My name is Abdourahmane Seck. I was born in the first half of the 1970s. Should I say, by luck or misfortune, the fury of the world settled quite early in my relation to it. Very early on, by the magic of television, my own world never happened to be my country, because not much was really happening in my country, nothing but inaugural ceremonies for infrastructure, speeches of ministers, briefs of meetings with the President of the Republic read out with fervor; in short, nothing was happening. Nothing to report. My own countries were Kabul, where Russian military and Afghan Mujahedeen had no intention of giving up the tiniest bit to one another; it was the Aouzou Strip, a stretch of sand where Chadians and Libyans were playing at frightening one another; it was Ethiopia, huge desolation where fleshless bodies wandered from one tent to another stamped with “Red Cross”.
I didn’t know my own countries, at once so close and yet so far away; but in a way they worried me more than I could ever understand. I was too young. I only knew, I knew without the shadow of a doubt that this world of ours was strange.
I was interested in books and music, and by luck or misfortune, I helped myself to the libraries and music collections that lay around, bursting out across my father’s yard. My brothers and sisters didn’t have the same readings, nor did we he same playlists. So I listened along with the ones and the others, read with the ones and the others, going from Nana Mouskouri to Marley, from Brel to Ferré, from Gaddafi’s Green Book to Mao’s Red Book, from WEB Du Bois to Ibrahima Baba Kaké, from encyclopedias of all kinds to the UNESCO’s General History of Africa, but also from Gérard de Villiers to Henry Troyat, and so on.
One day, Frantz Fanon’s Wretched of the Earth took care of the rest. The rest? Certainly what I have become or have tried to become since – an activist. By luck or misfortune, I settled with a party that was at the same time pan-Africanist, internationalist, and … Maoist too. In it I learned a lot; more I came to better understand my own notorious countries that were so strange to me, a bit too young themselves. Within it, I learned and understood even more the dialectic between knowledge and power. “Red and expert,” some would say then! This made me a curious student, desiring to understand what was happening around those so-called “murderous identities” that some wanted us to believe were the explanation for the Genocide of the Tutsis in Rwanda, but also those dreadful wars in Liberia and Sierra Leone, at the time when in South Africa, Nelson and Winnie Mandela raised their fists in the midst of a parade that looked like a revenge on history. I was studying philosophy then but I felt myself so little represented in that history of philosophy. So later on, I read at a philosopher friend’s, namely by Seloua Boulbina, this sentence that I could have uttered beforehand. “This history is not mine.” My own history, I thought, would play itself out in my capacity to understand and be competent in the transformation of this question of “identities” that was raging in that Africa of the 1990s. I chose to capture it by departing from that place where it seemed to have been forged in the most problematic fashion – I mean ethnology and anthropology. I was eager to deconstruct. Later, I surprised myself by visiting diligently the modern and contemporary history of the continent, since the present looked to me like a palimpsest.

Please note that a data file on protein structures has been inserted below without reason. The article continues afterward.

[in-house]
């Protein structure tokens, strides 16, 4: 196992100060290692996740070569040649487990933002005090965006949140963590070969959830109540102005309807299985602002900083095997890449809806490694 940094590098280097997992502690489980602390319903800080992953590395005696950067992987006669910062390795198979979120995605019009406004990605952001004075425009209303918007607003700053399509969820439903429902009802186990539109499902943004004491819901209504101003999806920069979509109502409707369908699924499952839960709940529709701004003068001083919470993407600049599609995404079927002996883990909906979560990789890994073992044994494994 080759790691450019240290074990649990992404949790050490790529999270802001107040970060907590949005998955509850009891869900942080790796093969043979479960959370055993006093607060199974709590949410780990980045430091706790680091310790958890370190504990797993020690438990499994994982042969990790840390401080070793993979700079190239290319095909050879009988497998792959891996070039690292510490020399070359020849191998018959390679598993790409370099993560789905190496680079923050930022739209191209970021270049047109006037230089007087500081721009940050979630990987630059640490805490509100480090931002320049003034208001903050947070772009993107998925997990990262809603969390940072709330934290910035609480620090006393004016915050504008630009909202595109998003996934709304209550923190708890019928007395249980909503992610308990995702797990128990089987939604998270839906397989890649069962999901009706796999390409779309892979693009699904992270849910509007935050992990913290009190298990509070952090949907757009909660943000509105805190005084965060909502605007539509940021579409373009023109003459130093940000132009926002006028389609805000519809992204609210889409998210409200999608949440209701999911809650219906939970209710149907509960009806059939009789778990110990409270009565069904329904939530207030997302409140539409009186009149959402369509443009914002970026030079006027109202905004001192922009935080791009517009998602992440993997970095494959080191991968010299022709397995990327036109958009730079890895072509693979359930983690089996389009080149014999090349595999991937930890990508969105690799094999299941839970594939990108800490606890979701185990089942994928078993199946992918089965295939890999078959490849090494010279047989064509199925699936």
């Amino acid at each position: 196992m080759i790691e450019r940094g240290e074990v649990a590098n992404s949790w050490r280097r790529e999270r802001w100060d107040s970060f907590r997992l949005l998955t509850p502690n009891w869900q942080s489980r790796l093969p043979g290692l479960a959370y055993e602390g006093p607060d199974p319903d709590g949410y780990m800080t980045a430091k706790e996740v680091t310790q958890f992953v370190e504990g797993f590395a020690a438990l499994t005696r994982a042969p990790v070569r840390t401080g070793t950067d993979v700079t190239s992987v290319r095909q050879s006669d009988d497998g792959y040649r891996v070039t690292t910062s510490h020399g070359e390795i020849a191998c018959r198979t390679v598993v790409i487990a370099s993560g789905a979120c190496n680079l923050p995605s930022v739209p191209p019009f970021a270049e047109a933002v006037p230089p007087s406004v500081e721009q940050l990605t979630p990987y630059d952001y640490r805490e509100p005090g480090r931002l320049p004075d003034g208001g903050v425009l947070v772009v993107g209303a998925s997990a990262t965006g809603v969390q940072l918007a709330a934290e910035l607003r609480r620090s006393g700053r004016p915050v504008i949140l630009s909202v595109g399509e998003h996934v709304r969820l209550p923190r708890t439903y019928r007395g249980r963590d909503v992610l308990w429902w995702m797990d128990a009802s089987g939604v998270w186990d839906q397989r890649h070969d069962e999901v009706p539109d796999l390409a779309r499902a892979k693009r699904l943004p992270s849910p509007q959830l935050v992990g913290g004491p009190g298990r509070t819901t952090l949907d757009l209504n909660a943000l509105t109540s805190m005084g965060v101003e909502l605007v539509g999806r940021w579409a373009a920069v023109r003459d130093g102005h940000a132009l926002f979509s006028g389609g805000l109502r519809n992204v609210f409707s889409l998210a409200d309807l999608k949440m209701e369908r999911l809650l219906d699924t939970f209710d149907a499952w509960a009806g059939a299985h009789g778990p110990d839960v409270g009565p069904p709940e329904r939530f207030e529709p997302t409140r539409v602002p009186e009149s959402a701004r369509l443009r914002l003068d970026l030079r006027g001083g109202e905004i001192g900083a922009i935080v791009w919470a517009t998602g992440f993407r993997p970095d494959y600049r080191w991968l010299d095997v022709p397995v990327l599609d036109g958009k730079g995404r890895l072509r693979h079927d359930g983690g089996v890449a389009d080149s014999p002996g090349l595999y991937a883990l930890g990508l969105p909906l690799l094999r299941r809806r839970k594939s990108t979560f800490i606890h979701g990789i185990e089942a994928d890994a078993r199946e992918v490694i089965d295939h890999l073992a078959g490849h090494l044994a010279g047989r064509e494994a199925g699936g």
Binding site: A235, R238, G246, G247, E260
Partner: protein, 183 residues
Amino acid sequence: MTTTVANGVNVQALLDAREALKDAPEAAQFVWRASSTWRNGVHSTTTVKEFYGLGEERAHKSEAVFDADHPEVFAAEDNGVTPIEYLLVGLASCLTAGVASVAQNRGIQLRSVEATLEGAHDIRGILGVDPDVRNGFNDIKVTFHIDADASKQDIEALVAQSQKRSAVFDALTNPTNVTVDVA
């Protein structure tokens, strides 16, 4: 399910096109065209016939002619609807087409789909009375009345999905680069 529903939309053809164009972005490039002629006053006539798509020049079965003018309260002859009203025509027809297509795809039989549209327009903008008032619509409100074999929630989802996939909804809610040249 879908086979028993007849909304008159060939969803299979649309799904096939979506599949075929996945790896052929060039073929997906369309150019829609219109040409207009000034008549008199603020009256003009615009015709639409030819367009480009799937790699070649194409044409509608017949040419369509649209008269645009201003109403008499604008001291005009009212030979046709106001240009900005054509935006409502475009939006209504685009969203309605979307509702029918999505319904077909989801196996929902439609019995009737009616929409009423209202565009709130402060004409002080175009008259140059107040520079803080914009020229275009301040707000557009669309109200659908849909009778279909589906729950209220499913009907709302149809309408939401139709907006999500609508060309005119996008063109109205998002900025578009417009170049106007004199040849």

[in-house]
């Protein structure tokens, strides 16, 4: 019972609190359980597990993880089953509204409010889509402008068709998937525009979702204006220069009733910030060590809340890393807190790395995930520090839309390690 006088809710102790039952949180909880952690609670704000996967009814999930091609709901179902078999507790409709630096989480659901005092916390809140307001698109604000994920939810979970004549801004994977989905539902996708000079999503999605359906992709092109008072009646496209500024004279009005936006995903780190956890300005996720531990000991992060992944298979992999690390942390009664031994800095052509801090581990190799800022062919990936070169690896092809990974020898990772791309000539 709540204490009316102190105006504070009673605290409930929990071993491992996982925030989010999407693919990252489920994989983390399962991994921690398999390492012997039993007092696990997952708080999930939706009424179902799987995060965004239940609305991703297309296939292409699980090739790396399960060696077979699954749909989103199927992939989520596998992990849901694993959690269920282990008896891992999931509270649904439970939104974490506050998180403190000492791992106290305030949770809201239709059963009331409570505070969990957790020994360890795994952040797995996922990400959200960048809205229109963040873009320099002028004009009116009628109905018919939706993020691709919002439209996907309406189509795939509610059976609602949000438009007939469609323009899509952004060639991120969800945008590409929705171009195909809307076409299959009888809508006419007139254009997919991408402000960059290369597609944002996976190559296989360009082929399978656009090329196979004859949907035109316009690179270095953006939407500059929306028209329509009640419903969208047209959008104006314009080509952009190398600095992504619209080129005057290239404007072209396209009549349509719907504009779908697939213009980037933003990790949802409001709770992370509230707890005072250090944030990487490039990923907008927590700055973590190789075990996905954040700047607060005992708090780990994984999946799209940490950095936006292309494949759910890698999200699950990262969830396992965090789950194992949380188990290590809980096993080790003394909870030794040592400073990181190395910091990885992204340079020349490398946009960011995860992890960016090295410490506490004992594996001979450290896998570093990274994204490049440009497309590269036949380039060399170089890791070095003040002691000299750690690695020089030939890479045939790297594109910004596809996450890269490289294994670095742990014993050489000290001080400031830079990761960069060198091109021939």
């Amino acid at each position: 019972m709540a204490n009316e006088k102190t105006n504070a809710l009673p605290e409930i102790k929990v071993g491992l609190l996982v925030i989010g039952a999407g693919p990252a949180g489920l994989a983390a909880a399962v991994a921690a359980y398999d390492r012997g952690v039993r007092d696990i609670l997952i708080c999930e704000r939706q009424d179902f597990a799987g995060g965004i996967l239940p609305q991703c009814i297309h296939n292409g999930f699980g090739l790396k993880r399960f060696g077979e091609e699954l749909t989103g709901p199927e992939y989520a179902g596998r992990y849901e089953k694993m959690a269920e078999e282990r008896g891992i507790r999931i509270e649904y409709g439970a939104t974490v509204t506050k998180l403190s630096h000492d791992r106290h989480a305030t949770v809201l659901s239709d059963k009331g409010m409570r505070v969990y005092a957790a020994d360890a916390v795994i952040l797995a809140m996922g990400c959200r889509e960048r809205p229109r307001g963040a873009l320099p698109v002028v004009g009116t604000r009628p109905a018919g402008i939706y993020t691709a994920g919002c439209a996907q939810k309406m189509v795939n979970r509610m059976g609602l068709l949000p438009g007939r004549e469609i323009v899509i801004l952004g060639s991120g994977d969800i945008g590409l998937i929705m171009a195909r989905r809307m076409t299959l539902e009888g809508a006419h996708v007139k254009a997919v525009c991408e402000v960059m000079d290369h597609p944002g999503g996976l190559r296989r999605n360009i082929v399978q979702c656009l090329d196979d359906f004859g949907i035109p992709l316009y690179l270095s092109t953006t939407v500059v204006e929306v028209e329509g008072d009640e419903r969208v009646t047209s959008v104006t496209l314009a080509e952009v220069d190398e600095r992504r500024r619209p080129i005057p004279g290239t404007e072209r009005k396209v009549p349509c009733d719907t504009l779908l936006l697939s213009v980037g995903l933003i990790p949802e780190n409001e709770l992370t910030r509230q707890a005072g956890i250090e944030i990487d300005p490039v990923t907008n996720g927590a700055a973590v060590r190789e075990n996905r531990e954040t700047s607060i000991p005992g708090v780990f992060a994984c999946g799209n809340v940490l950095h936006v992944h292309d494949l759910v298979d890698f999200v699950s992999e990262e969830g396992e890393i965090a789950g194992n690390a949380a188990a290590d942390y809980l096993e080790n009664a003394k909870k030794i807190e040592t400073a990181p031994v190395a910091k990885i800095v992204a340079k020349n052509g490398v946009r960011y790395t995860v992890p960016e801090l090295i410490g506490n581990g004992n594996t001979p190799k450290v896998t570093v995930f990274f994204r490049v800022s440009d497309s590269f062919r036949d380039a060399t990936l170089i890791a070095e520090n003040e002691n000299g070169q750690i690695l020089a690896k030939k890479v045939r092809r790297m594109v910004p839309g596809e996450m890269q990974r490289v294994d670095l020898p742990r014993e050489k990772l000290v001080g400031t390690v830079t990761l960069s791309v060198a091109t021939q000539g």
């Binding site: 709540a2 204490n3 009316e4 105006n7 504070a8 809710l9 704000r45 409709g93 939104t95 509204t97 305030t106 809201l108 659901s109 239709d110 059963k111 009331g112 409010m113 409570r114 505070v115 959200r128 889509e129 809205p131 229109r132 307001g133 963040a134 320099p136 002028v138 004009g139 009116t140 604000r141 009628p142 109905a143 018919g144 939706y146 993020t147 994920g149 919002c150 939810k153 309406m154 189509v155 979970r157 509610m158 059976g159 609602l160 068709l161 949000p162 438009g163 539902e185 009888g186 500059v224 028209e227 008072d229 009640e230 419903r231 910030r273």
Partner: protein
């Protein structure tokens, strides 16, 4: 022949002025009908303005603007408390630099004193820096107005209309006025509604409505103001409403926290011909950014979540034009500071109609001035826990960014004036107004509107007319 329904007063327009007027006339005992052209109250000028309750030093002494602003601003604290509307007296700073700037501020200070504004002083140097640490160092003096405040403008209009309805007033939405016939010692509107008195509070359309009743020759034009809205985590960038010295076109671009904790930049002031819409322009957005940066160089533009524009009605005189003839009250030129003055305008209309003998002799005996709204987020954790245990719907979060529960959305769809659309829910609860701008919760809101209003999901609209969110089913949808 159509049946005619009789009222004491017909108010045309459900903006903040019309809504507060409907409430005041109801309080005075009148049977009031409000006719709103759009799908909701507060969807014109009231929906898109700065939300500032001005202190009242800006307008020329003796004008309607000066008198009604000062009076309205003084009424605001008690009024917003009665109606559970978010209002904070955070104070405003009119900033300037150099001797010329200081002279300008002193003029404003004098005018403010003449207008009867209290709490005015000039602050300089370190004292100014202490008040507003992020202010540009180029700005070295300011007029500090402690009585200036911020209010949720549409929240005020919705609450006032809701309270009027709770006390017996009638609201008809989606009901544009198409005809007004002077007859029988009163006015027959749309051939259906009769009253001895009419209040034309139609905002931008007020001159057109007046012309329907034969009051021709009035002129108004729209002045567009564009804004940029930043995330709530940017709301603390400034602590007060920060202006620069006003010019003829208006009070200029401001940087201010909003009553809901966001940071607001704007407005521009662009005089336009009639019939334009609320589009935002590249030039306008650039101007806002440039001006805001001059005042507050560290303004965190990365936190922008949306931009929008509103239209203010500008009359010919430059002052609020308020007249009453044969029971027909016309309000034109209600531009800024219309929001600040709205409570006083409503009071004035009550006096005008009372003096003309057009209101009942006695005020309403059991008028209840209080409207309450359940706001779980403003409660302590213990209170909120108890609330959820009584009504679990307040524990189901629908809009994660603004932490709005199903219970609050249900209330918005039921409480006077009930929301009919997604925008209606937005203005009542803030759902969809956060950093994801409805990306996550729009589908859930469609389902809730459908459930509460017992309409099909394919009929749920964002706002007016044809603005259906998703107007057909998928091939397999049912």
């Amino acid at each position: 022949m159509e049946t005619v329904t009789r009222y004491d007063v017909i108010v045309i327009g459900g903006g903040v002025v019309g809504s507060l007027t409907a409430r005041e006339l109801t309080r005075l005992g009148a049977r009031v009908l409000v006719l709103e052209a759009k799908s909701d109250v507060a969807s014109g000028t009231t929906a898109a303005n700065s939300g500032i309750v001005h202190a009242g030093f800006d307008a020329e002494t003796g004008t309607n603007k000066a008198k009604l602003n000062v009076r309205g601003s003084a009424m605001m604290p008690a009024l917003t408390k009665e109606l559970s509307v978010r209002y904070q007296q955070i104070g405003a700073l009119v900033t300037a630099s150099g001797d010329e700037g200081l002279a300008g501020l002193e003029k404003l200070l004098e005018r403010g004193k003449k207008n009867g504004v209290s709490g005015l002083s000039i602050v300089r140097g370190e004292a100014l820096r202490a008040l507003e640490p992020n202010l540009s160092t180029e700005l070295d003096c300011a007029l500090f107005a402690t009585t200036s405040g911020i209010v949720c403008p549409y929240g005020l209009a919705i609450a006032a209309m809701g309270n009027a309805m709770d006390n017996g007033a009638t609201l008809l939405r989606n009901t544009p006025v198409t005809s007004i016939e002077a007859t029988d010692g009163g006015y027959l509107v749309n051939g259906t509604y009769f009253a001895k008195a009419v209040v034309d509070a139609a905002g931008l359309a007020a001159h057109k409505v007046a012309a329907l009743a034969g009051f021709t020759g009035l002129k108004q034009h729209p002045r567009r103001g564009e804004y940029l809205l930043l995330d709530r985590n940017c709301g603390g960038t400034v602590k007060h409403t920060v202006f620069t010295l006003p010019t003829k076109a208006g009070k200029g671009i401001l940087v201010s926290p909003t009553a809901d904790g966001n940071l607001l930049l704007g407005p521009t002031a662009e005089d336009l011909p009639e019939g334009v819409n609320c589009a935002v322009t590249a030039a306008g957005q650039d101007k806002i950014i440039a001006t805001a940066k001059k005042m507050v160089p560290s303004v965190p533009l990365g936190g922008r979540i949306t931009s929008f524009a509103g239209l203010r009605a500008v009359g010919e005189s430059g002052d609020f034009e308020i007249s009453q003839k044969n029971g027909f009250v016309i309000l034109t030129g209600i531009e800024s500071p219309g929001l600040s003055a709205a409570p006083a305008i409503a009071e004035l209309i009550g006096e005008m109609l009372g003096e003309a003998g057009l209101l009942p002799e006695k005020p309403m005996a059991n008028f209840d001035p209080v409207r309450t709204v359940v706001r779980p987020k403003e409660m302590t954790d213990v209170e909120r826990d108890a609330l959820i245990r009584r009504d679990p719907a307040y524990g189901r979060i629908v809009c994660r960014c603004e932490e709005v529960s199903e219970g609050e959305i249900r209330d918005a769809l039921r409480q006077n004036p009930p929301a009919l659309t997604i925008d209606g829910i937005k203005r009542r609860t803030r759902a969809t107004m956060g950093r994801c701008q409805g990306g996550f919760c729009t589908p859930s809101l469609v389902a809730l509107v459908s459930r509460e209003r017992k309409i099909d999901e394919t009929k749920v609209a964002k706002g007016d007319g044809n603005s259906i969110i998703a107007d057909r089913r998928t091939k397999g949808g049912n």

Today I am a teacher and researcher at the Gaston Berger University in Saint-Louis, Senegal. There I try to transmit, not really “ready-made knowledge” but “questions on the meaning of it all”. Let me confess though, I feel deep down that this does not always seem obvious to them, who have been convinced that they are not more than mere receivers, simple minds groomed for the takeover in the system of reproduction. This is my quarrel with my profession, my discomfort and malaise.
HaB. For me, it all started with a Skype call, which was supposed to take just a few short minutes and which ended up lasting a whole season. This is in the nature of genuine encounters, which go beyond merely “coming across” others. With regard to HaB, at the outset the first seductive idea to me was to “rehabilitate people’s voices”, then it was this network linking Africa and Asia. I quickly saw in it the real opportunity to try the adventure to set new parameters for the meaning of my profession, its healing from its childhood illness: its doctoral and imperial self-referencing. By chance I sensed the possibility of creating a new path with new colleagues concerned with making of their profession, not a “class” issue but an engagement at the service of current urgencies. To me, HaB is clearly a way to resume my mission, a dialog that is both distant and present which have never ceased to tear me apart, but also to carry me forward: to be useful to my time.
By honoring its first objective of rethinking conventional university pedagogy, in light of paradigms to be reinvented, less concerned about unquestioned borders, I believe nonetheless in one thing: that we betray our interest if we come to lose sight of the necessity to reconcile “pedagogical transition with societal and structural transformations”. For my part I have thought that the bankruptcy of polity and the fraying of African society can be circumvented. I have a simple utopia, here better than anywhere else, it is possible to bring in dialog different knowledge bases and legitimacies, co-create knowledge, recover memories that are more ancient than those generated in times of crisis, efficiently counter the challenges of everyday life and those of the future, rebuild curricula to be more consensual, and especially more accessible to the majority.
I think that this is luckily the ultimate message of the HaB project. At Saint-Louis, HaB will be enacted in colors and sounds along the following lines.